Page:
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Going For a Walk May Prevent a Harsher Stroke Skip to content

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Even Light Activity May Prevent Harsher Strokes

Study finds that victims who are inactive are twice as likely to suffer more long-lasting effects

Group of women walking together

Ariel Skelley/Getty Images

Doing light physical activity for 35 minutes a day could reduce older adults’ risk of a moderate or severe stroke by as much as half, a study has found.

Researchers studied the records of more than 900 stroke patients whose average age was 73. 

Published in Neurology, the journal of the American Academy of Neurology, the study revealed that among the patients who had been inactive before their stroke, their chances of a moderate or severe stroke, as opposed to a mild stroke, were twice that of the patients classified as active. (Active patients had done either four or more hours a week of light physical activity, like walking, or two to three hours of moderate activity, like swimming or running.) Mild strokes do not cause permanent brain damage or brain tissue death, whereas the effects of moderate or severe strokes are more long-lasting.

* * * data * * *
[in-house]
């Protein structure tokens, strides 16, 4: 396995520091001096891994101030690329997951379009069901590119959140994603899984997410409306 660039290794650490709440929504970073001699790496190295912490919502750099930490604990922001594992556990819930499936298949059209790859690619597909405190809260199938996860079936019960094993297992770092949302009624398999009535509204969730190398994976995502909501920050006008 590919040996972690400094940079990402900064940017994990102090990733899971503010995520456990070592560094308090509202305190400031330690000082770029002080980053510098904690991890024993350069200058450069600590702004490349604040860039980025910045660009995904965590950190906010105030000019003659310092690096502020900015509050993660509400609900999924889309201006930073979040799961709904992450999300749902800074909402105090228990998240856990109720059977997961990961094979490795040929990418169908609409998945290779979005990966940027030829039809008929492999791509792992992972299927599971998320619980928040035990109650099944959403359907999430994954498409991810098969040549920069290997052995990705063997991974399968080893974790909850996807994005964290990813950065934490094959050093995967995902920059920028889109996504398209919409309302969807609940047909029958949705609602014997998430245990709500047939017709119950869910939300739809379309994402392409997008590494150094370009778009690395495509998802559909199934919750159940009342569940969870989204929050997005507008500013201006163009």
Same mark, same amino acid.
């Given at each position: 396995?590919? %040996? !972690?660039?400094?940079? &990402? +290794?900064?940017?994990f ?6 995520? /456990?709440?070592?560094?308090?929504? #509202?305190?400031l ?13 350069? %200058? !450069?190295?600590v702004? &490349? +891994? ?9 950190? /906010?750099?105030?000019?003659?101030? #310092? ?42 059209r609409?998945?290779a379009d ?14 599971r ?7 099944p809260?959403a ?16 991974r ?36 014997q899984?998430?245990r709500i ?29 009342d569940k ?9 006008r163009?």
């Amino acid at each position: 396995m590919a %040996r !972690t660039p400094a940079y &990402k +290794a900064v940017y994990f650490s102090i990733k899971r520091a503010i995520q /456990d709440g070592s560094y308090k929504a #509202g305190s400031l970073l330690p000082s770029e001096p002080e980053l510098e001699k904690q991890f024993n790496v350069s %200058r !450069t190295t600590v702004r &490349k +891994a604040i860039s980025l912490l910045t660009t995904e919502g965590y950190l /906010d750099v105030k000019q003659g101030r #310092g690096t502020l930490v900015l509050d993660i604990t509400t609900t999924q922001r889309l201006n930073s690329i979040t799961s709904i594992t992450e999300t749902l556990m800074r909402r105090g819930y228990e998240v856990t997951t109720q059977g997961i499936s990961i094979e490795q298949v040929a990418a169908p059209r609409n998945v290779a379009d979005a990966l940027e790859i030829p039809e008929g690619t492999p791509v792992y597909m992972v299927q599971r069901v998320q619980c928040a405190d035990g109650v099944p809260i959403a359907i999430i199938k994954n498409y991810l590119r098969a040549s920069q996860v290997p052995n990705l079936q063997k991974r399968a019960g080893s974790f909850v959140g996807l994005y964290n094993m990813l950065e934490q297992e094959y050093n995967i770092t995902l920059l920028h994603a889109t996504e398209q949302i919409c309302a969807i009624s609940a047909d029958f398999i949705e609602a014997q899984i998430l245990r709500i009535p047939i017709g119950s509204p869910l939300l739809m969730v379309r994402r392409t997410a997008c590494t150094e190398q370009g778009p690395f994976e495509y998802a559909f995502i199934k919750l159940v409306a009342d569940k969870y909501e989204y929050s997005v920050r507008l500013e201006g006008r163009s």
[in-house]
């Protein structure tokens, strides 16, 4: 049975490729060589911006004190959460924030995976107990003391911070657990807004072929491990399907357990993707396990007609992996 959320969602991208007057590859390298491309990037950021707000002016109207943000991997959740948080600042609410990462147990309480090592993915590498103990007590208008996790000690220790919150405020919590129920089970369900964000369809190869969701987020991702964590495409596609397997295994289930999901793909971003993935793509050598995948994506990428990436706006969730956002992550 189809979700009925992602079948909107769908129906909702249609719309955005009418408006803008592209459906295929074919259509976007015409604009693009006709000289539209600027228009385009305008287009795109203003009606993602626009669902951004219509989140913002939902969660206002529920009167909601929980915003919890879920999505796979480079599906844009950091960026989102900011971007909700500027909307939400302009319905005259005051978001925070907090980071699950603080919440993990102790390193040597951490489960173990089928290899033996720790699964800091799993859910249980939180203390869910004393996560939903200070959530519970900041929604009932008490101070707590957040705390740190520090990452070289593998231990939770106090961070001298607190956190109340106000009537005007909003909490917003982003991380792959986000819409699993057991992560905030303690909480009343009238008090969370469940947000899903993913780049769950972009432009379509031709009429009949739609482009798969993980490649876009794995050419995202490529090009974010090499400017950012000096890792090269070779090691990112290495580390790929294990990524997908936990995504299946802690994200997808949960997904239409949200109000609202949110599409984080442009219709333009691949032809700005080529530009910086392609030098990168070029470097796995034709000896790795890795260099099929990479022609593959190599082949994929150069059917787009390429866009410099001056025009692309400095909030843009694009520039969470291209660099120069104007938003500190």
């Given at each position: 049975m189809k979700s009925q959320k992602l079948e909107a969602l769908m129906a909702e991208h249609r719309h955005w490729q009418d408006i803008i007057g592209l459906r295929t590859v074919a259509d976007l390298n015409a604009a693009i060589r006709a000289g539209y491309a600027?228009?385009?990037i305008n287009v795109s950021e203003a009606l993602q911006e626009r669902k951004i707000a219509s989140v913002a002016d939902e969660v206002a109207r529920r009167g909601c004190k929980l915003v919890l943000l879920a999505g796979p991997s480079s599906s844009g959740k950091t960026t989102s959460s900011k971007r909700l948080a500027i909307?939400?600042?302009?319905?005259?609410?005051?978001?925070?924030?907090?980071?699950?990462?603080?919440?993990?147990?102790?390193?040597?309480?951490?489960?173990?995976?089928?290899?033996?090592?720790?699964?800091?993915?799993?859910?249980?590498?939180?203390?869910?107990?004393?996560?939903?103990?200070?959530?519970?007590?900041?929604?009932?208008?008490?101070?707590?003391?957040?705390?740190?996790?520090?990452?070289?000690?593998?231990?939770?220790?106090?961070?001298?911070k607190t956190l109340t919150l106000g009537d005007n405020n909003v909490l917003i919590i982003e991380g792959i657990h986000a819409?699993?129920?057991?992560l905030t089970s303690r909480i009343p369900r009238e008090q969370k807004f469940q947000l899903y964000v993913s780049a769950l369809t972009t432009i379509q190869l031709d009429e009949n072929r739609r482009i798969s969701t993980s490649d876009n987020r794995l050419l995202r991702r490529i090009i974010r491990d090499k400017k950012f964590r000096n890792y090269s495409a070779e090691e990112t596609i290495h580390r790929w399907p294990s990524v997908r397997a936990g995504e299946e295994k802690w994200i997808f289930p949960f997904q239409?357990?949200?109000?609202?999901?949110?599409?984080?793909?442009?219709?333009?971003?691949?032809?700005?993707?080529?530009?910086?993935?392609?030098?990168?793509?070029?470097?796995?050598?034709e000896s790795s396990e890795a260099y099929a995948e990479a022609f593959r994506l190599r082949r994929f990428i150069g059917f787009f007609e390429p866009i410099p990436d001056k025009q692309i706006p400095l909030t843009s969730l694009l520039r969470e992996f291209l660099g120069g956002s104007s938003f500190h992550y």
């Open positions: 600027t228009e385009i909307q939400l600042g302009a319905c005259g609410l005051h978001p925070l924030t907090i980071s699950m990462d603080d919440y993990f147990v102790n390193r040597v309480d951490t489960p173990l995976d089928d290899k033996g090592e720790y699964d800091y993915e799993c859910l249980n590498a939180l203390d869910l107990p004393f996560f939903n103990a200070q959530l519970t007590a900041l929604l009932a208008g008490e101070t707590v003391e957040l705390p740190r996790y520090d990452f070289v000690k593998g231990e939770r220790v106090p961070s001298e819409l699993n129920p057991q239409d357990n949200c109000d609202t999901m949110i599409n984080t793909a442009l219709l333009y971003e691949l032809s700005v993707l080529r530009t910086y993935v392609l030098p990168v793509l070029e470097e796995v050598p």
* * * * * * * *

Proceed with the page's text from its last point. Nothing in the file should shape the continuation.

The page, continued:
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With moderate or severe strokes a significant contributor to chronic disability, especially among older people, the findings are key to long-term prevention policy.

“While exercise benefits health in many ways, our research suggests that even simply getting in a small amount of physical activity . . . may have a big impact later,”study coauthor Katharina Stibrant Sunnerhagen, M.D., of the University of Gothenburg in Sweden said in a press release. 

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